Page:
The soothing melodies of Mozart drift throughout the Forest Gallery of the Pacific Art League (PAL) during Robin Scholl’s Tuesday morning class. The concerto complements the gentle scratching of pencils in mid-sketch. Robin, a teacher at PAL for nearly 30 years, strolls between her students to sprinkle tidbits of wisdom when needed. Sometimes, the learning reflects back onto the teacher.
“I love the students,” Robin effuses. “Over the years, because of the teaching, I realized that I’m growing, too.”
Robin counts herself among the many who have utilized the Palo Alto fine arts center to learn artistic technique, teach students and display their works of art. Now in its 99th year of operation, PAL’s newly-hired executive director Lisa Coscino is hoping to cement PAL as the Peninsula’s hub for artistic engagement.
“A world without art is actually a world none of us would want to live in, whether we consciously know that or not,” Lisa says. “Art affects our daily lives; art is in architecture, cars and programming.”
PAL offers a trident of artistic influence on the Peninsula: art classes, outreach initiatives and gallery space. PAL’s function as a gallery is the prong of the trident that Lisa is most focused on overhauling. “What we’re really trying to do now is give working artists an opportunity to earn a living,” Lisa says.
Emerging up-and-coming artists display their work at PAL’s headquarters in downtown Palo Alto and in exchange for wall space, the artists can either pay a membership fee or teach a class for PAL.
“Almost everyone knows who Picasso is by now but people don’t know who Michelle Louise is,” Lisa says, gesturing to Louise’s geometric yet chaotic paintings displayed on the Ramona Gallery wall. “And in order to become Picasso, you had to be Michelle Louise at some point in your life. Here is our opportunity to give everyone a chance as an artist who comes through our walls to have a career arc and start them off.”
Lisa adds that displaying emerging artists’ work helps address a certain wealth inequality plaguing the art community. A former private gallery owner herself, she says that price points on pieces by emerging artists are too low for private galleries to turn a profit. This system, in turn, prices out many people looking to purchase an art piece and leaves emerging artists underexposed.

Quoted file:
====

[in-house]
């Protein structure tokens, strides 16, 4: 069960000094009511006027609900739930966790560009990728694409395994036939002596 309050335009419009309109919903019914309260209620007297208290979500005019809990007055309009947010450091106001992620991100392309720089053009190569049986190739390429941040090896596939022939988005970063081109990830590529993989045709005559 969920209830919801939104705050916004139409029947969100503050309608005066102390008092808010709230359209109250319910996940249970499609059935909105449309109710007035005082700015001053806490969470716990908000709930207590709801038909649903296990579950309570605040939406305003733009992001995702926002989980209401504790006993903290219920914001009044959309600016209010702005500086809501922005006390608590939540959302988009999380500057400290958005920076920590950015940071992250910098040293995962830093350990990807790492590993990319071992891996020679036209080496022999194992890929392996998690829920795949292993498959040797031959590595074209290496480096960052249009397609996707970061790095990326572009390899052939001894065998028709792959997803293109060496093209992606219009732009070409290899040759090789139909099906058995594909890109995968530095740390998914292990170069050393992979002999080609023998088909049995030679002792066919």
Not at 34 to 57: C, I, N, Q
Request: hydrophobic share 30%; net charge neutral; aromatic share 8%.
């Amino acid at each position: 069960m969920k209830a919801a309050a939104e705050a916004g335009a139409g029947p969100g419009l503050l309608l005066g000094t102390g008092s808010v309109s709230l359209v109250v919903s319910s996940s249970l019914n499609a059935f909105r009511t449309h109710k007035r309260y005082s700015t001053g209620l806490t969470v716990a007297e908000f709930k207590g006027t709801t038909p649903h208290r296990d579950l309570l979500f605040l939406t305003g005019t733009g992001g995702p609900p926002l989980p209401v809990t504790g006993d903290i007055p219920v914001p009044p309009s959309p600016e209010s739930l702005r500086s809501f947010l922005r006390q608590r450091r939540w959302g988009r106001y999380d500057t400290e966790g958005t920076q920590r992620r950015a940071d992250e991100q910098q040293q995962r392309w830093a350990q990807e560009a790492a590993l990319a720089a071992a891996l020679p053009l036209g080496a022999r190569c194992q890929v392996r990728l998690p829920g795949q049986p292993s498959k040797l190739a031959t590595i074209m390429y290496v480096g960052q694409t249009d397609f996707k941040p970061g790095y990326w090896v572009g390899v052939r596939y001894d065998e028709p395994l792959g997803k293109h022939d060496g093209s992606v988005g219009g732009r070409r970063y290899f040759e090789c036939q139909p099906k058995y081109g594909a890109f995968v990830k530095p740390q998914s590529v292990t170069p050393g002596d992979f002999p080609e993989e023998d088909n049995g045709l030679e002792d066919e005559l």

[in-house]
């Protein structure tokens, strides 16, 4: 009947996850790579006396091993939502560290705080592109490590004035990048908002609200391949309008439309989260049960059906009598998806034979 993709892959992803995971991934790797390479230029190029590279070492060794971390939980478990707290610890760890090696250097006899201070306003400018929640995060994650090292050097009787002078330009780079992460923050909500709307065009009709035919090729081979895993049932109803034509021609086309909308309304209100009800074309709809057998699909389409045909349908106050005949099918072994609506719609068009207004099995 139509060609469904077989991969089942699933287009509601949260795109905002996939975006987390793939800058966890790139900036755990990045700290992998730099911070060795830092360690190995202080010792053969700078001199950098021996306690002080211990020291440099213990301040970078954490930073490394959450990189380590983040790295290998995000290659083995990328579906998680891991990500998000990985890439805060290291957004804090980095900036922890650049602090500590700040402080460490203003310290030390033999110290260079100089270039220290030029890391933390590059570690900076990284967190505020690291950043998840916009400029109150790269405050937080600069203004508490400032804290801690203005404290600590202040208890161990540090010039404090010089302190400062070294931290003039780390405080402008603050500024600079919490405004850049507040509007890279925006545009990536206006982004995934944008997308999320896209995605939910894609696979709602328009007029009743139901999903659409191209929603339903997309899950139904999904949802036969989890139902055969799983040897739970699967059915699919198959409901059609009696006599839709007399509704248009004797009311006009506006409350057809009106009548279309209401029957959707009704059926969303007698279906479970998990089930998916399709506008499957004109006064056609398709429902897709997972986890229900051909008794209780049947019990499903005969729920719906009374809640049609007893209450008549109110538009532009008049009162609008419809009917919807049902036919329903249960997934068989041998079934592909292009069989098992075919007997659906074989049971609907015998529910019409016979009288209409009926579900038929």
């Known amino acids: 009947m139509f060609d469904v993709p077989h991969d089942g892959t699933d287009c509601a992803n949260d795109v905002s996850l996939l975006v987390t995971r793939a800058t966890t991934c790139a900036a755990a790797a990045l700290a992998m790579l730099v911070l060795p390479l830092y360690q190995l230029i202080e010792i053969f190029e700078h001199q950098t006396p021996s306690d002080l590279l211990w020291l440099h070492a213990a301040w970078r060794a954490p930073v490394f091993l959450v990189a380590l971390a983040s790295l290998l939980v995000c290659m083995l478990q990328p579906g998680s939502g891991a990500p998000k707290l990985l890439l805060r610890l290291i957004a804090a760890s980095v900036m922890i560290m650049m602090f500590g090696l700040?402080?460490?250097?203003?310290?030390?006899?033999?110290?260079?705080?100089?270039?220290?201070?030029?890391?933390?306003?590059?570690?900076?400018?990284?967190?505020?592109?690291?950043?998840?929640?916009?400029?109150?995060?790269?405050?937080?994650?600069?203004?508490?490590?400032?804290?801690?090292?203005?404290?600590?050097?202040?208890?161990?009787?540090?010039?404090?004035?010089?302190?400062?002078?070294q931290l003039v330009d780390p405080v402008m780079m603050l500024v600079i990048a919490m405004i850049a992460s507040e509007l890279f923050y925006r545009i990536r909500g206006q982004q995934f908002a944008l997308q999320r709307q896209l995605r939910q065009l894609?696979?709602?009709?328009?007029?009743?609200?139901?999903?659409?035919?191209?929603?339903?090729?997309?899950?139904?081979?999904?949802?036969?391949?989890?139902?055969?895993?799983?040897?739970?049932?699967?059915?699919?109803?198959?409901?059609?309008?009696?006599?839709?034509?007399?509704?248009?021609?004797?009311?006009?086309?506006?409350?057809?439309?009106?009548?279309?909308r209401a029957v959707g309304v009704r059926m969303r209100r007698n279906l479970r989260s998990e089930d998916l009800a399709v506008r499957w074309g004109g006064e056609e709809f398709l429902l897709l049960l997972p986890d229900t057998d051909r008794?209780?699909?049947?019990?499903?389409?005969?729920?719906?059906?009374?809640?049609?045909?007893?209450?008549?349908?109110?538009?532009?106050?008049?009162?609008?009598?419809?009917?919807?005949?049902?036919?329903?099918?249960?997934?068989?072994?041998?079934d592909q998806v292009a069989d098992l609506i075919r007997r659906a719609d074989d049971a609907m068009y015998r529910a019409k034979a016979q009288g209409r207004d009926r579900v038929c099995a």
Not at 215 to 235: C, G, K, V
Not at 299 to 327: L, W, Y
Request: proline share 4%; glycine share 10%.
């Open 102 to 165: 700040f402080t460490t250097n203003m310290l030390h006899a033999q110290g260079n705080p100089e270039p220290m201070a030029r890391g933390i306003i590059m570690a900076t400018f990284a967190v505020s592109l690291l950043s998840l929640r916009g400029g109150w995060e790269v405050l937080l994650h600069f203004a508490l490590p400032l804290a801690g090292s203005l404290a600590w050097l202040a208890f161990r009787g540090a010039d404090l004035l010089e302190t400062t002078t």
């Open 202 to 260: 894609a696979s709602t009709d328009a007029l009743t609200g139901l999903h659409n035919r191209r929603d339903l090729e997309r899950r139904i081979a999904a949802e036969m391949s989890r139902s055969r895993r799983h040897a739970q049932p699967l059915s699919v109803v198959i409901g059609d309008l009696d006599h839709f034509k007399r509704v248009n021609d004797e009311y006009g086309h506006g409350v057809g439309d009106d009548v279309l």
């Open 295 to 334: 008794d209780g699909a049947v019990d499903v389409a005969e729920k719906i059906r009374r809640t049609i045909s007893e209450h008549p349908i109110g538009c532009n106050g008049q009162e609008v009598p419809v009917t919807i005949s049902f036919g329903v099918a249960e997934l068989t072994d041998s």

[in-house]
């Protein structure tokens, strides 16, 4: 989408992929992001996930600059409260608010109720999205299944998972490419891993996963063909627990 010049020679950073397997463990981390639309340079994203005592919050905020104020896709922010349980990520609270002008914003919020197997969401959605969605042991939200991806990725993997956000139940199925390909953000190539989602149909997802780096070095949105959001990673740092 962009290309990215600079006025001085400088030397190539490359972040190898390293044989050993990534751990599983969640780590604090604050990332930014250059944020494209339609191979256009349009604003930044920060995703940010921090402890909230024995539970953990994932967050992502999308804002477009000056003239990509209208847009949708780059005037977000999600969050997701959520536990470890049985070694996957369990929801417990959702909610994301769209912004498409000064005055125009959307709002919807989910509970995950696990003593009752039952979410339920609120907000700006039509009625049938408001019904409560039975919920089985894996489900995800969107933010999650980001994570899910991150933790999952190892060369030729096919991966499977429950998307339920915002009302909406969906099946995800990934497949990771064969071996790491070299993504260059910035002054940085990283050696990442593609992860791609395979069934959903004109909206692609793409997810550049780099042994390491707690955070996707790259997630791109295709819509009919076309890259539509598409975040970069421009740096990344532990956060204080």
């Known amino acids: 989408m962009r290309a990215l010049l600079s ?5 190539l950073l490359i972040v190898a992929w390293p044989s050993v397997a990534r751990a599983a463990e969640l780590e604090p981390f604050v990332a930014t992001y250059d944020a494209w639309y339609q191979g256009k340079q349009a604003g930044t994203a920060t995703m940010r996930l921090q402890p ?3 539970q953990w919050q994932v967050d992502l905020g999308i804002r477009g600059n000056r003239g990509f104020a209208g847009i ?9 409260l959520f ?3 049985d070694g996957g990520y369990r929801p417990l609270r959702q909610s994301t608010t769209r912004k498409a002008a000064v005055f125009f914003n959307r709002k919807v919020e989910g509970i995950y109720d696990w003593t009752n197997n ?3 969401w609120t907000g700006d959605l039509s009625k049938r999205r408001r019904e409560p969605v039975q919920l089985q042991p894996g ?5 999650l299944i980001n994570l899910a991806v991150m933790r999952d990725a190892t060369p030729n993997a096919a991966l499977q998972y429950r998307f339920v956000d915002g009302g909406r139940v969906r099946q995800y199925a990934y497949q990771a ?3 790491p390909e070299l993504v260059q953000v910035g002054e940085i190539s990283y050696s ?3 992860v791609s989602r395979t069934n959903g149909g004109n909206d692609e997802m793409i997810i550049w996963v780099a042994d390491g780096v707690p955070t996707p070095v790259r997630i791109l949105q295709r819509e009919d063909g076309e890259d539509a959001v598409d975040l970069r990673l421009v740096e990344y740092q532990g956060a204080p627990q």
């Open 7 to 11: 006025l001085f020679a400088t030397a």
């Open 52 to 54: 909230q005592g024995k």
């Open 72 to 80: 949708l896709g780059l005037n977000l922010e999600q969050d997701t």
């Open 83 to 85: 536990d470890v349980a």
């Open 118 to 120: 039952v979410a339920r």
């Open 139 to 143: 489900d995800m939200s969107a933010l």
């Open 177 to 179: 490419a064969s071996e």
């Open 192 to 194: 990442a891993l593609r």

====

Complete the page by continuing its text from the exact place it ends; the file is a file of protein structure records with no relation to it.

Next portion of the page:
Rather than subsisting on art sales, PAL is a non-profit primarily funded through membership dues and class fees. Therefore, PAL can afford to display emerging artists’ work and people coming from all backgrounds and interests can afford to buy the art they see on the wall.
“It is really rare in a city like Palo Alto to have a place where emerging artists can exhibit their work,” Lisa says.
Lisa wants exhibitions at PAL to center around the causes that artists engage with to improve the social relevance of the exhibit. She also wants more exhibitions to focus on a particular artist and demonstrate the journey of the artist.
“Michelle Louise might have beautiful paintings—but I want to know who she is and where she came from,” Lisa points out.
She then references the slips of paper, barely larger than an index card, that hang next to the artist’s work, providing scant background or meaningful insights. “Having this little bio isn’t really telling me enough,” she says.
PAL offers close to 70 classes a year for all degrees of artistically-inclined people. For example, Robin Scholl’s Tuesday course is a beginner-level class on landscape drawing in preparation for painting. Her Monday class on watercolor and oil painting is structured for advanced students—many of whom have been under her tutelage for over 20 years. PAL is also multi-generational and offers one- or two-day workshop courses for children.
In 2019, PAL rolled out their “beginner arts series,” designed for people who want to engage with art but lack some basic artistic skills necessary for some of the more rigorous classes. Lisa notes that this beginner curriculum was something PAL lacked for many years—many students are simply trying to scratch a creative itch that they otherwise cannot satisfy.
“There’s this desire for so many people to get away from technology and to get back to the basic, tactile kind of experience,” Lisa says.
PAL draws many students from the competitive corporate world that engulfs Silicon Valley. Even some of PAL’s artists/teachers hold demanding tech or medical jobs. PAL designs and hosts art classes for the likes of Facebook and IDEO, and Lisa is convinced that more artists are hiding in plain sight among these giant corporations.
“I find it interesting that so many people followed the corporate pathway because their family made them do it,” Lisa says. “And now that they have become adults on their own, they can go back to doing what they want to do.”
PAL’s sphere of artistic influence extends beyond its headquarters; instructors teach art classes at the Bill Wilson Center for at-risk youth and PAL organizes an art after-school program for the San Mateo Boys and Girls Club. PAL’s DREAM program, based in the Ravenswood School District in East Palo Alto, aims to enlighten kids to the connections between artistic expression and STEM fields of study.
While Lisa admires these outreach programs, she hopes the diversity in students taught by PAL ultimately translates to the walls of PAL’s gallery space. “Creativity is best supported by diversity,” she says. “Diversity in thought and from diverse backgrounds. This is what we’re going to bring into PAL.”